Rising Yield Will Test EU 800 Billion Promise

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It’s reassuring that the EU still enjoys strong investor demand for the debt it sold to finance its 800 billion euros ($840 billion) NextGeneration pandemic recovery fund. Less welcome is the nearly tenfold increase in its funding costs compared to what was paid at the height of the pandemic. Soaring inflation would make shoring up the bloc’s economy much more expensive, distributing the pain of higher yields across the region.

The European Union raised 5 billion euros this week, selling bonds payable by 2048 with investors bidding for seven times the amount offered. The relatively attractive interest rate of 2.625%, and the yield about 80 basis points higher than the German rate and in line with French debt, helped boost demand.

For borrowers, however, that compares to the 10 billion euro 2050 deal issued in November 2020, which came with just a 0.3% coupon and yield spread over the German equivalent at the time of around 25 basis points. The security is now trading at 53% of face value, illustrating how quickly the capital value of ultra-long-maturity, low-coupon debt can erode in an increasing yield environment. Credit spreads, even for supranationals such as the EU, have widened markedly compared to Germany; bond markets are not waiting for the European Central Bank to actually raise the official deposit rate to negative 0.5% before changing prices for the changing monetary environment.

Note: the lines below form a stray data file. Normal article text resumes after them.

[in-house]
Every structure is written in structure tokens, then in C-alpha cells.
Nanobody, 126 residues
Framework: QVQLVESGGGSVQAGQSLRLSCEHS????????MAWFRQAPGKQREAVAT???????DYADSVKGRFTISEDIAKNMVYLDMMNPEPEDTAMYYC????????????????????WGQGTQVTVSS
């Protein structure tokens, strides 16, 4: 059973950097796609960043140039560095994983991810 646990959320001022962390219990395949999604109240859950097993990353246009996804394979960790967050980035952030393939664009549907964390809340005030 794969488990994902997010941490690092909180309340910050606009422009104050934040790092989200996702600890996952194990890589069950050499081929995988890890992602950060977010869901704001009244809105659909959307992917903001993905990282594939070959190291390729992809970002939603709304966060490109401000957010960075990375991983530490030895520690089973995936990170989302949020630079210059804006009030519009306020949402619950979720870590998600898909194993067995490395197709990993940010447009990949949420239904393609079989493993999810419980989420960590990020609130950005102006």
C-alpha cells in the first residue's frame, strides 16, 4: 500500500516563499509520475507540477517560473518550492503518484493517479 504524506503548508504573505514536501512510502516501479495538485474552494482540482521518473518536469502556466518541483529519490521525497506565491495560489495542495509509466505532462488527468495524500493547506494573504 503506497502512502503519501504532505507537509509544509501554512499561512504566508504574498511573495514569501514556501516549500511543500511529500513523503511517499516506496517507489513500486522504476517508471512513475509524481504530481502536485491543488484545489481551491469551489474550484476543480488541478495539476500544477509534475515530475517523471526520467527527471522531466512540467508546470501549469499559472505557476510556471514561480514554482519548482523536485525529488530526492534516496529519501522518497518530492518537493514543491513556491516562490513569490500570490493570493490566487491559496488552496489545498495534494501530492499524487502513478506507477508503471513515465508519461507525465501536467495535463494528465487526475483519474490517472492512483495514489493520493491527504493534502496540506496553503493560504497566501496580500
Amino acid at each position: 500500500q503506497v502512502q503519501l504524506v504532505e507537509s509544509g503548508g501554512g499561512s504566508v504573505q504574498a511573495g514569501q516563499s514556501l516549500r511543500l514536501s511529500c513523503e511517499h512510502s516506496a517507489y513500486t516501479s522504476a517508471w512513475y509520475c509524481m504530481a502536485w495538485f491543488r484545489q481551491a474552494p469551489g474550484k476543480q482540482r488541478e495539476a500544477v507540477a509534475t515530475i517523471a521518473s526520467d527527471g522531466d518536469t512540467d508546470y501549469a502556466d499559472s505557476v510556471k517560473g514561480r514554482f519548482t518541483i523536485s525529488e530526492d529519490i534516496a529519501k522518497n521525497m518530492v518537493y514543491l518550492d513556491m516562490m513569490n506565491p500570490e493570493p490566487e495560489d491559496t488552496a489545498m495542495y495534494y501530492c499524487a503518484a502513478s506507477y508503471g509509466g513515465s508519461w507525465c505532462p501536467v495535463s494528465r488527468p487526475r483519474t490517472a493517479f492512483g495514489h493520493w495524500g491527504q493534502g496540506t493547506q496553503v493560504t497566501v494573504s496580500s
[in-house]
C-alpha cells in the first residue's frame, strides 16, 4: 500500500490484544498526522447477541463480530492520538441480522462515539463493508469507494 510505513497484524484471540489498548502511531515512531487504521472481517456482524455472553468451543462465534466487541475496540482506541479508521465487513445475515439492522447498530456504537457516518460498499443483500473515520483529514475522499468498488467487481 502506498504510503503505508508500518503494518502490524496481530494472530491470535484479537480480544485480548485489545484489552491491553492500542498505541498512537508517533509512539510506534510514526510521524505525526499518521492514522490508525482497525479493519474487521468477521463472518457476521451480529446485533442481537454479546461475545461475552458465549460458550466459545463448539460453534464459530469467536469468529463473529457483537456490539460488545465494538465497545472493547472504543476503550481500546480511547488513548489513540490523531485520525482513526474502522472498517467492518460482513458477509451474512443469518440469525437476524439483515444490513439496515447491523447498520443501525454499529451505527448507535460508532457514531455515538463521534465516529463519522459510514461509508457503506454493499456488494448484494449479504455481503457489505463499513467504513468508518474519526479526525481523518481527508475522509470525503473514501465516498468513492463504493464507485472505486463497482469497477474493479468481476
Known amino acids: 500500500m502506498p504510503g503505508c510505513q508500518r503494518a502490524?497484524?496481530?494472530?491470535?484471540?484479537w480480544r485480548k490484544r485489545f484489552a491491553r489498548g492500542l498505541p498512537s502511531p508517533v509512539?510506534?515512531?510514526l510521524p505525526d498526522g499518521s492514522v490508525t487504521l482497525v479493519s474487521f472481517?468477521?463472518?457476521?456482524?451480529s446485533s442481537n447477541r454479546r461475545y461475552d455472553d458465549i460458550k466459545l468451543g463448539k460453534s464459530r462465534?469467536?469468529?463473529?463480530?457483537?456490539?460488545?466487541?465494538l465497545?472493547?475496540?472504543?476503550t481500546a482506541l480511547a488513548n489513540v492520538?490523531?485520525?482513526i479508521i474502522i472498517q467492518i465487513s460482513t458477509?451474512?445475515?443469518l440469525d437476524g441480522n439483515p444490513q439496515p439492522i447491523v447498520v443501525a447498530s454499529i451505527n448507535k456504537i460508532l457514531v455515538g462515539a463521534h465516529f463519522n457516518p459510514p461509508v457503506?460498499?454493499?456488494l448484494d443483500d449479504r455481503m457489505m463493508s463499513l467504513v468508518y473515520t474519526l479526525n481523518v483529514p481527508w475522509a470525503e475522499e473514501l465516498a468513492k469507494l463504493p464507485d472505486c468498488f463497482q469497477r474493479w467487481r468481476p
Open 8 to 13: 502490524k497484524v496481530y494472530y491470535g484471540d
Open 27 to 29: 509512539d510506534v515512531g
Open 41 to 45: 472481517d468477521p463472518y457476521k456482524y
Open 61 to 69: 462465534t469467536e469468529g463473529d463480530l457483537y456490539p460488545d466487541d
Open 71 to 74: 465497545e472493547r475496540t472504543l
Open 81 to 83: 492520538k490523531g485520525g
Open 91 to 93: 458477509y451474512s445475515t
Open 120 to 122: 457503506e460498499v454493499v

After raising nearly 100 billion euros for its economic support package, the EU’s remaining loan needs at the end of 2026 put its forthcoming issuance in the same ballpark as Germany, France, Italy and Spain. The original plan was to borrow 50 billion euros in the first half of 2022; even after Tuesday’s deal, it’s still only about half that pace, so it will take more issuance later this year to keep up with the 150 billion euros annual capital increase target reaffirmed in the May update—and at higher yields in effect. .

The brutal reality is beginning to emerge that financing a pandemic recovery is likely to be far more expensive than previously thought. Even as recently as late last year, much of Europe’s debt was essentially free money. The EU’s average interest rate is still below 1%, with more than a third of the 295 billion euros of outstanding bonds to be paid in more than 10 years. Having to pay a coupon of 2% and more for medium to long-maturity debt will change the overall cost dynamics substantially.

The rising costs of supporting countries such as Italy and Greece, with their already excessive debt relative to gross domestic product, will be felt across the continent with the political tensions that come with it. We’ve seen this film before, so some thought has to be put into the viability of the EU’s support mechanism if it doesn’t stumble upon its first bond market hurdle. The creation of the package is a testament to Europe’s solidarity in its collective response to the pandemic; Similar cohesion will be needed in the months and years to come.

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This column does not necessarily reflect the opinion of the editorial board or Bloomberg LP and its owners.

Marcus Ashworth is a Bloomberg Opinion columnist covering European markets. Previously, he was chief market strategist for Haitong Securities in London.

More stories like this are available at bloomberg.com/opinion

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